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Crumbling America: Disasters Strike Roads, Bridges And Airports47:28
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Lights illuminate cars from an Amtrak train that derailed above Interstate 5, Monday, Dec. 18, 2017, in DuPont, Wash. The Amtrak train making the first-ever run along a faster new route hurtled off the overpass Monday near Tacoma and spilled some of its cars onto the highway below, killing several people, authorities said. (AP Photo/Elaine Thompson)
Lights illuminate cars from an Amtrak train that derailed above Interstate 5, Monday, Dec. 18, 2017, in DuPont, Wash. The Amtrak train making the first-ever run along a faster new route hurtled off the overpass Monday near Tacoma and spilled some of its cars onto the highway below, killing several people, authorities said. (AP Photo/Elaine Thompson)
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With guest host Tom Gjelten.

The Atlanta airport loses power. A deadly train derailment in Washington State. What do they say about the state of American infrastructure and the promises to fix it?

Guests:

Lauren Gardner, transportation reporter for POLITICO Pro. (@Gardner_LM)

Rick Geddes, professor at Cornell and visiting scholar at the American Enterprise Institute.

Robert Puentes, president and CEO, Eno Center for Transportation. (@rpuentes)

More From This Show:

Robert Puentes takes the discussion to Twitter:

From The Reading List:

POLITICOAmtrak Derailment Revives Debate Over Delayed Anti-Crash Technology — "This week’s Amtrak derailment in Washington state is the latest in a string of deadly crashes that have occurred in the nine years since Congress mandated that trains be equipped with technology that helps prevent accidents caused by human error.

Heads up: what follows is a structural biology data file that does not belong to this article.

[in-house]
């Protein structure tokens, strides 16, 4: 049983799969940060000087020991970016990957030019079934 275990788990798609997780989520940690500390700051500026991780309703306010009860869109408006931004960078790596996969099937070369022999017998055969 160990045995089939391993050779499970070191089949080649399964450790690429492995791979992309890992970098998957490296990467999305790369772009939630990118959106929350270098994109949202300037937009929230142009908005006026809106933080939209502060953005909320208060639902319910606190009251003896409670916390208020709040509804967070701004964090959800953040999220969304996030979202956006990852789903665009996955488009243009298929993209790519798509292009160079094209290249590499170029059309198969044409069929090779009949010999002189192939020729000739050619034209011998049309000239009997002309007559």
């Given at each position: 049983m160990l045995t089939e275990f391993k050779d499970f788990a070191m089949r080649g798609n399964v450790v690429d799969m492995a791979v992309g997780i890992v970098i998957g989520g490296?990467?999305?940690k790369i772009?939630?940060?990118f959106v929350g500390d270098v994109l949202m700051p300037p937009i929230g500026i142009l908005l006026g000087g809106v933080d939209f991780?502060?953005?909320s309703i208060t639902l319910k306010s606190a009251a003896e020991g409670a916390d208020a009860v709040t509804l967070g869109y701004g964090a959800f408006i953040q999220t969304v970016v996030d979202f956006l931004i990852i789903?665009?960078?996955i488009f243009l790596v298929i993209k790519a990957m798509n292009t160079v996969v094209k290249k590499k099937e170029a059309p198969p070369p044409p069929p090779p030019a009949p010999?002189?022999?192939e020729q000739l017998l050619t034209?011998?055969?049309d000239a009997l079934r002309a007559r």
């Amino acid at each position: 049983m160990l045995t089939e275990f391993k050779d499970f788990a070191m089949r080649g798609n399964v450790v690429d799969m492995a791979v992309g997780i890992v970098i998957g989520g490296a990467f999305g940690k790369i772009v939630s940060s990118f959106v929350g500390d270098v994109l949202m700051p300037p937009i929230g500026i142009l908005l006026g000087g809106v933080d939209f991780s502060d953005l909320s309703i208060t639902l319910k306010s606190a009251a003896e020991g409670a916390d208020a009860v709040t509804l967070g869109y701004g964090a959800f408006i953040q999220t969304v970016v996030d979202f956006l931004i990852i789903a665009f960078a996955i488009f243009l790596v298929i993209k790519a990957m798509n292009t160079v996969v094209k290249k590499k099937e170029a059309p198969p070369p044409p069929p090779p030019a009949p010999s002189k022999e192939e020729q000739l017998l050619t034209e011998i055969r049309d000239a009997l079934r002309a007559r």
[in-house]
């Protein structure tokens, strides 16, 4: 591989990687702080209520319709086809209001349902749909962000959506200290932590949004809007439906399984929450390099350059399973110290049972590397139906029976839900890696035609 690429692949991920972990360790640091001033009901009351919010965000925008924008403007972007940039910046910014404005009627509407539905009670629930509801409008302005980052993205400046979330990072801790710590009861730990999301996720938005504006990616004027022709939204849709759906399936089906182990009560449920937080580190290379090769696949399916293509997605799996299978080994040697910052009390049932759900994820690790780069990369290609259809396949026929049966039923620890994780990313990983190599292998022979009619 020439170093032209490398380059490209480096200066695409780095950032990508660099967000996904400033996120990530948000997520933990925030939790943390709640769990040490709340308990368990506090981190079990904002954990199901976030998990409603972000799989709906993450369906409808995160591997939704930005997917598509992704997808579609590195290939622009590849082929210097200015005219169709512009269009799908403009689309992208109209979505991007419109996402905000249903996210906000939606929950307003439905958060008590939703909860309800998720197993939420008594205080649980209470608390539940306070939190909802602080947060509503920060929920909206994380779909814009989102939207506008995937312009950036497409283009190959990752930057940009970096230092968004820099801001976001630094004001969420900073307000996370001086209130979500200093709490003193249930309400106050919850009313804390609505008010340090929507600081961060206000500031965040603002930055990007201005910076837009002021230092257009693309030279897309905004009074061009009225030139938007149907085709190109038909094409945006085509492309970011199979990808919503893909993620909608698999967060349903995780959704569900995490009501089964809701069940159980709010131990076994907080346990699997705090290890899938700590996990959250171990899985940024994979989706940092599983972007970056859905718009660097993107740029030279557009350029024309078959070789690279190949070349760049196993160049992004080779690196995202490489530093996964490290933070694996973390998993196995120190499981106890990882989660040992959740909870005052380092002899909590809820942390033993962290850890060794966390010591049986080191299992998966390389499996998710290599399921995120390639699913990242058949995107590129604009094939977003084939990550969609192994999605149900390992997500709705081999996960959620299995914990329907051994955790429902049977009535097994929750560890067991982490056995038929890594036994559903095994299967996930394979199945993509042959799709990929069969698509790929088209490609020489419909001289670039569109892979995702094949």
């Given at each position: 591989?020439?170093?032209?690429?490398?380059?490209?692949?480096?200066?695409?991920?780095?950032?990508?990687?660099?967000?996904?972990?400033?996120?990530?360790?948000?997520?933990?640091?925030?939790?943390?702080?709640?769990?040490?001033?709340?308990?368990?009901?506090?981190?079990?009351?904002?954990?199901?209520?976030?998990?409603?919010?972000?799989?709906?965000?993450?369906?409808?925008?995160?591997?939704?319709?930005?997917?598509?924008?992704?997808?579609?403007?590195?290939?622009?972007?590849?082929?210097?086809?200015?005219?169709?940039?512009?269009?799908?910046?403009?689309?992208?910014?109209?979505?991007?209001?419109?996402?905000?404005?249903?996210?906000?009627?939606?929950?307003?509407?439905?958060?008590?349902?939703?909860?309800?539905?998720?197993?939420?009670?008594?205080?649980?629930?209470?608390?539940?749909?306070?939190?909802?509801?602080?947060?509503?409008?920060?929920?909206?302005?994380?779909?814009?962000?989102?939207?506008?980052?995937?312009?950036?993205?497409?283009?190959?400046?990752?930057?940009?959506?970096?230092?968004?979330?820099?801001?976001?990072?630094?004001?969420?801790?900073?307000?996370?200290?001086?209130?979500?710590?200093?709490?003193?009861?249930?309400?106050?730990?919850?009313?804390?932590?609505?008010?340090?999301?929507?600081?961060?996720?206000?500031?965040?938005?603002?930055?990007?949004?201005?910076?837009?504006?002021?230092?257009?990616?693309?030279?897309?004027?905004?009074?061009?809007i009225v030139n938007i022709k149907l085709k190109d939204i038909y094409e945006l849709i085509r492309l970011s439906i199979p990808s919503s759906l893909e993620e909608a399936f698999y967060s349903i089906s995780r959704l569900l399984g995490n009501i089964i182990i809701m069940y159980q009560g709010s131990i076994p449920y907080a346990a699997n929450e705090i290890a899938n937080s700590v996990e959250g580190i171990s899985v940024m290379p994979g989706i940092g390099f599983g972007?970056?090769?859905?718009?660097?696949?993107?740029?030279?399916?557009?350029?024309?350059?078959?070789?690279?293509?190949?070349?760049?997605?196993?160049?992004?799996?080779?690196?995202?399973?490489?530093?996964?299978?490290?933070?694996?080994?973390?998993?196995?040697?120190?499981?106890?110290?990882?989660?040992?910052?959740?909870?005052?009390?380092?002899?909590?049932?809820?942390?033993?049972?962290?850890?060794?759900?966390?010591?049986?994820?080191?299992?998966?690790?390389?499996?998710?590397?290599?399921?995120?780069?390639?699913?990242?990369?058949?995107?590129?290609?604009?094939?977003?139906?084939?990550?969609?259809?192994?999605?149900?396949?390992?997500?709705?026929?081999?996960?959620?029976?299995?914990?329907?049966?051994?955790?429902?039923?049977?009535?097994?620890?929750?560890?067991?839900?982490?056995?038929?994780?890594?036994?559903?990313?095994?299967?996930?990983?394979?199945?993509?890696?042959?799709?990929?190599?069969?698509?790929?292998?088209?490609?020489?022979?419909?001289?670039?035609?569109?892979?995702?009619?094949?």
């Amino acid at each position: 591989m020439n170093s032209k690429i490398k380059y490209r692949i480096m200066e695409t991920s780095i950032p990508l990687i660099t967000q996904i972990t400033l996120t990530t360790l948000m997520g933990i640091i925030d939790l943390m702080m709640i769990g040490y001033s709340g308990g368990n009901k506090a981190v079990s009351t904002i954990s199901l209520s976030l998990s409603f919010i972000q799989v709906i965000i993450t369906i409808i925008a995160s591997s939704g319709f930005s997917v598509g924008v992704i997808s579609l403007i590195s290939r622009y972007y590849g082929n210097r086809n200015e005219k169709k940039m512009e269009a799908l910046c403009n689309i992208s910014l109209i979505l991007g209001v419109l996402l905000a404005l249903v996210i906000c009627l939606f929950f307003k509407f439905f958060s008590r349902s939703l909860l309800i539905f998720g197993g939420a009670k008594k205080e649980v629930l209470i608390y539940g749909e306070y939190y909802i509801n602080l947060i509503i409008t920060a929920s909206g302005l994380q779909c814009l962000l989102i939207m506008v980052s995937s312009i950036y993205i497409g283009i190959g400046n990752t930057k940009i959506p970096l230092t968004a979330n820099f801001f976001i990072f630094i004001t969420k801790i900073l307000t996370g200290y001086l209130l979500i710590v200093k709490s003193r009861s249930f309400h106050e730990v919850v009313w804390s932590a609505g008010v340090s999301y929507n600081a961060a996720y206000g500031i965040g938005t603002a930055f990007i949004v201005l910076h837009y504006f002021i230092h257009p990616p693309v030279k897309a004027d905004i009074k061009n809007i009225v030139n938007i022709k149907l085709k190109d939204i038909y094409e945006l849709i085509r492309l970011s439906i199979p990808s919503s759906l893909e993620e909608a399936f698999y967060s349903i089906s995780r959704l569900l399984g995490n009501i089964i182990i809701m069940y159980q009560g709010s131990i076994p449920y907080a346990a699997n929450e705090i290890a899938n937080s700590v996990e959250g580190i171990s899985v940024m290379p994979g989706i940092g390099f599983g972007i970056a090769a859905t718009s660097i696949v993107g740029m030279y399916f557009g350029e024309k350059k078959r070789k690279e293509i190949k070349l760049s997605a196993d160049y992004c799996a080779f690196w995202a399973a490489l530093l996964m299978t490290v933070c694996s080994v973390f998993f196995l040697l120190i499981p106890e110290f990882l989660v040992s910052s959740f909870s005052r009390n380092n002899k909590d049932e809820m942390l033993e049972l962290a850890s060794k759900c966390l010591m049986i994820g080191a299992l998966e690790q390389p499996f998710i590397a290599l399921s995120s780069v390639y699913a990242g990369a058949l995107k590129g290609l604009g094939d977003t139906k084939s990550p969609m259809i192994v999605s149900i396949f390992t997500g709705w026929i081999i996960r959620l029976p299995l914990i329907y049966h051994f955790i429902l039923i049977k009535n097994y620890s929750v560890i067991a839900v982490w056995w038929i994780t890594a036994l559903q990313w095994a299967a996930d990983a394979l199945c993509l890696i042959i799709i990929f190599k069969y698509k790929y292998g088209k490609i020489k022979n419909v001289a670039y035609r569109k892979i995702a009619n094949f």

Much of the nation’s trains and tracks still lack the technology, known as positive train control, nearly two years after Congress' original deadline for installing it has passed. Lawmakers extended that deadline to the end of 2018 at the earliest, bowing to a furious lobbying campaign by railroads that said they needed more time to finish the multibillion-dollar upgrades."

Atlanta Journal-Constitution: Atlanta Airport Blackout Cost Could Soar To Tens Of Millions Or More — "The 11-hour blackout at the world’s busiest airport is likely to cost tens of millions of dollars or more to airlines, stranded travelers and others, but the final tab isn’t likely to be known for months to come, aviation expert say.

That price tag is likely to grow as officials assess the cause of the fire that cut power Sunday to Hartsfield-Jackson International Airport, and redesign the airport’s power grid to make it more resilient. How much those fixes will cost — and who will pay for it — isn’t exactly clear."

The Atlanta airport has a power failure and goes dark. A train derails in Washington State. President Trump says it shows once again that the nation’s infrastructure is crumbling and more investment is needed. A new spending bill is in the works. But state and local governments would have to pick up much of the tab. Democrats say the plan is flawed. This hour, On Point: the prospects for repairing the nation’s railroads, bridges, and power grids. --Tom Gjelten 

This program aired on December 20, 2017.

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